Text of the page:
A Dynamic Duo: Survey & Social Media Analytics

Donna Smith

Editor’s note: This guest post is written by Donna Smith, a professor at the Ted Rogers School of Retail Management at Ryerson University in Toronto, Ontario. Professor Smith uses Sysomos as a part of our ‘Sysomos In The Classroom’ program. This is a two-part series around research Professor Smith is conducting alongside her colleagues using Sysomos MAP.

“Do you own a pair of jeans?” This simple question led my colleagues and I down a multitude of paths to gain insight about a product that many of you may be wearing today.

As academic researchers and industry analysts, we bring you part one of our story on how an analysis and survey of social media data using Sysomos MAP and GAZE can help you understand what leads a consumer down the path to purchase.

We are searching for the key to how social network marketing impacts the purchase of jeans. The Holy Grail is to utilize consumer insight to increase ROI for jean brand manufacturers and retailers.

Why jeans? As a universal product, we knew consumers would have diverse views on the jeans in their closet. If we could gain insight into how social network marketing may be used to increase the sale of jeans, this knowledge could be applied to understanding the purchase decision drivers behind other products in apparel and footwear, a sector which has experienced a high rate of growth in e-commerce sales in North America.

Highlights of Our Survey

We began by surveying nearly 800 Canadian consumers on eight brands of jeans: Buffalo, Citizens of Humanity, Denver Haye’s, J Brand, Joe Fresh, Lee, Levi’s, and Old Navy.

Our data set had a 60/40 female/male distribution with 42% in the 21-40 age group. Of the individuals surveyed, 61% were on Facebook, 32% were on YouTube, 25% were on Twitter, 23% were on Pinterest, 23% were on Google+, 20% were on Instagram, and 3% were on Vine.

In order to predict purchase intent, we developed a model that would help us gain consumer insight; we examined the effect of pre-purchase influences, online brand engagement, fashion brand involvement (how the consumer develops an attachment to the brand), and how these three may be used to predict purchase intent in the context of social network marketing.

Survey questions probed the ways in which specific social media platforms, commercial users, or friends or family influence the consumer. For example, “Please rate how much you agree or disagree with: Retailer tweets influence my buying behavior.” We examined purchase intent from multiple perspectives, including hard (i.e., price, delivery) and soft (i.e., trust brand, consumer buzz) factors.

We then performed a segmentation analysis. Two segments emerged. The first was a “fashionista,” whose route to purchase was led through user blogs and fashion brand involvement. To immerse him or herself in the brand, this segment avidly searched for information using Twitter, Pinterest, and retailer websites.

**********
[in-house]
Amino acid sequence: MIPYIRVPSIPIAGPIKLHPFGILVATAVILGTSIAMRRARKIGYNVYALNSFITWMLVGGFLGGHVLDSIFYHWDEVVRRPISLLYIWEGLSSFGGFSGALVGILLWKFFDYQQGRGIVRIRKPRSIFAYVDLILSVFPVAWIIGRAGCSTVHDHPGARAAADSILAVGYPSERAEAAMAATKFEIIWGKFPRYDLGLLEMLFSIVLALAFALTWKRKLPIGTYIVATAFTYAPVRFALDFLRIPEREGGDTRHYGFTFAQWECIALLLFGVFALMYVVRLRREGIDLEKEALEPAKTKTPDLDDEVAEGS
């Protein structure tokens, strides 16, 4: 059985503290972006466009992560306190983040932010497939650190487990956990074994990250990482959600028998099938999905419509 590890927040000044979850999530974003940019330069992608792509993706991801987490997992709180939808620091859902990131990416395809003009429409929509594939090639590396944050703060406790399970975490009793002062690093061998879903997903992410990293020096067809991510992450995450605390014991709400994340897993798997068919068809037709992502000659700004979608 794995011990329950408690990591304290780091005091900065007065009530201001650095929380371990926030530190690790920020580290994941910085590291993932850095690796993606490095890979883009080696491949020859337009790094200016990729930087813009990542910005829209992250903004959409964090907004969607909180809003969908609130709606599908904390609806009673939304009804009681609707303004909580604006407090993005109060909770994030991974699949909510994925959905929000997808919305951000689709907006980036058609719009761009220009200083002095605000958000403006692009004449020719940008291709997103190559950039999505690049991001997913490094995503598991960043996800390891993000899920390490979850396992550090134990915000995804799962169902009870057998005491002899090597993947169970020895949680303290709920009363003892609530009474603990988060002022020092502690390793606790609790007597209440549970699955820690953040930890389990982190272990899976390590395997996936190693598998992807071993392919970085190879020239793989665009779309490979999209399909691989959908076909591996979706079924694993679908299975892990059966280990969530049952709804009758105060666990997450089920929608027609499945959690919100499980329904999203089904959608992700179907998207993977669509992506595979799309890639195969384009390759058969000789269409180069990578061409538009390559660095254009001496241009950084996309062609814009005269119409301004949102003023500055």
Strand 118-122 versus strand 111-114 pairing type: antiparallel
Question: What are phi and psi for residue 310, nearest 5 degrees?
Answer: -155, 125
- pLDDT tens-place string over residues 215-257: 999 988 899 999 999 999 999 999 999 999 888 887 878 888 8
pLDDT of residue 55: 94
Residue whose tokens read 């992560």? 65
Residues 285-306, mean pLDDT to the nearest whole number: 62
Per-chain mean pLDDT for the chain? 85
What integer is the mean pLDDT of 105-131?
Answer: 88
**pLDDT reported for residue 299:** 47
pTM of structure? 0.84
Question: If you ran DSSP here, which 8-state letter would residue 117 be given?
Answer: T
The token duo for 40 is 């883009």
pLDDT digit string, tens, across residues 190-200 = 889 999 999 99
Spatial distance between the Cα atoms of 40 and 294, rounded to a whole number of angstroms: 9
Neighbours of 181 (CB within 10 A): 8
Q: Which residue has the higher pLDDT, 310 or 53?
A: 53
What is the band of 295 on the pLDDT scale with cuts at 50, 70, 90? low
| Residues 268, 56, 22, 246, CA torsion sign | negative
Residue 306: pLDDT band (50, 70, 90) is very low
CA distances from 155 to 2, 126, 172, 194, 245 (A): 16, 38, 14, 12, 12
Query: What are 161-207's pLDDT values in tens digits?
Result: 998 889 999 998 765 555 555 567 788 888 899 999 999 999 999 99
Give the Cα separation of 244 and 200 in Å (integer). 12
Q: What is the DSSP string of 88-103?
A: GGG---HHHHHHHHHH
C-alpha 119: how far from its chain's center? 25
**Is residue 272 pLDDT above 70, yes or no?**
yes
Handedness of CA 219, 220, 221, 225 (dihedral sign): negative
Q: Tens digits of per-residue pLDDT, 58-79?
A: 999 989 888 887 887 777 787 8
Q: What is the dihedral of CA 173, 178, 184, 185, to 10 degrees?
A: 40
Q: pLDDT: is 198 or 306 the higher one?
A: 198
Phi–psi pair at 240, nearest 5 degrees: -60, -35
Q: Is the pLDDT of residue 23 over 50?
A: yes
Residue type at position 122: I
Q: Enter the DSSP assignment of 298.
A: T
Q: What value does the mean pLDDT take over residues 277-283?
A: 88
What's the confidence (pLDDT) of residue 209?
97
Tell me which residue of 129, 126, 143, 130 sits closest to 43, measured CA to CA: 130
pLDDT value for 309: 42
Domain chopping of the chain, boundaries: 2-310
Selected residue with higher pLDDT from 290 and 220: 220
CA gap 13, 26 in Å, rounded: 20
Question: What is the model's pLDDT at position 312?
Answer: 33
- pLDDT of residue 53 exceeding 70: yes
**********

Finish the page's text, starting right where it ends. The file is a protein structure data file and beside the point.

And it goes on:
Our findings: To appeal to this segment, social media marketers should push out content that keep this consumer au courant of the latest fashion trends relevant to the product or service.

In contrast, the second segment is the “social shopper.” His or her route to purchase is through word-of-mouth, user blogs, and online brand engagement. This consumer is very conscious of fitting in socially and wearing the “right” brand.

Our findings: In order to lead consumers in segment two to purchase, social media marketers may consider the development of campaigns that are authentic, in order to establish trust.

Overall, our segmentation approach demonstrated that there is no “one-size-fits all” for understanding purchase intent on social network sites, for consumers in this research.

Next Steps with Sysomos

Our work is far from done! We are now analyzing which messages and images would be appropriate for each segment, according to the brands purchased. Preliminary research using Sysomos MAP on three of the top-selling jeans brands in North America (Levi’s, Old Navy, and Lee) demonstrated that influencers with authority scores above 8 on Twitter belonged to commercial Twitter handles, such as online stores.

Tweets consisted of promotional messages for specific products and in some cases, influencers overlapped across brands.

In part two, we’ll dig deeper to analyze messages of influencers on different platforms and see if they correspond to the findings in the segmentation analysis. We will also analyze images using Sysomos Gaze in order to see if they coincide with our segment findings.

Additionally, we will determine what next steps would be most effective in moving consumers to purchase intent. We also hope to test our model in different countries and contexts to see if jeans are indeed a universal product.

twitter brand communities

 

wordcloudAs researchers, we see the benefit of gaining consumer insight through using multiple tools. This helps social media marketers plan campaigns where messages and images are up to date, meaningful, and nuanced.

Researchers:
Donna Smith
Ted Rogers School of Retail Management
Ryerson University
Toronto, Ontario

Tasmina Afroze
Student, Master of Science in Management
Ted Rogers School of Retail Management
Ryerson University
Toronto, Ontario

Ángel Hernández-García
Universidad Politécnica de Madrid
Madrid, Spain

Ángel F. Agudo Peregrina
Universidad Politécnica de Madrid
Madrid, Spain

Joseph F. Hair, Jr.
Kennesaw State University
Kennesaw, Georgia

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